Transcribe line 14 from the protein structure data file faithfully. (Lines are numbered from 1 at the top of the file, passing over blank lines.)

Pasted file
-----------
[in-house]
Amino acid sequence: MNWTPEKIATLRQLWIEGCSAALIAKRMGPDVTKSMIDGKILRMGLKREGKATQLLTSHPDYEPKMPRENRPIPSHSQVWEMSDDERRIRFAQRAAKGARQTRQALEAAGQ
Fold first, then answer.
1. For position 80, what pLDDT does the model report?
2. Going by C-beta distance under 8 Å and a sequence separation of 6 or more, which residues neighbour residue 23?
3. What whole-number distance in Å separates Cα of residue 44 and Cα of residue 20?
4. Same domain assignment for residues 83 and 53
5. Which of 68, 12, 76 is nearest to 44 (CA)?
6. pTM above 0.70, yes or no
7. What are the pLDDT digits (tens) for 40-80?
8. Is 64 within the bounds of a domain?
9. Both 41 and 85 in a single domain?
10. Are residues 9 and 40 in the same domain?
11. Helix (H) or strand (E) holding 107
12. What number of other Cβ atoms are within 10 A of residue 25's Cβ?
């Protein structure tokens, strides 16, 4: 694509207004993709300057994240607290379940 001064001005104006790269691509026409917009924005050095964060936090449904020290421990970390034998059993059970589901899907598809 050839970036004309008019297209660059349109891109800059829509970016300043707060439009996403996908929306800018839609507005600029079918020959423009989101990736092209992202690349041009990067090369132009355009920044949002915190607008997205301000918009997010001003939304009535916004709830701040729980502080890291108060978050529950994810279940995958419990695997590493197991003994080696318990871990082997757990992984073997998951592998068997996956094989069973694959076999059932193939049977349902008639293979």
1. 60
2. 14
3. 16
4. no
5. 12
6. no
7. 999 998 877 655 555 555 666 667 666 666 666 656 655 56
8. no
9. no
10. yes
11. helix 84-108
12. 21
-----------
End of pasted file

11. Helix (H) or strand (E) holding 107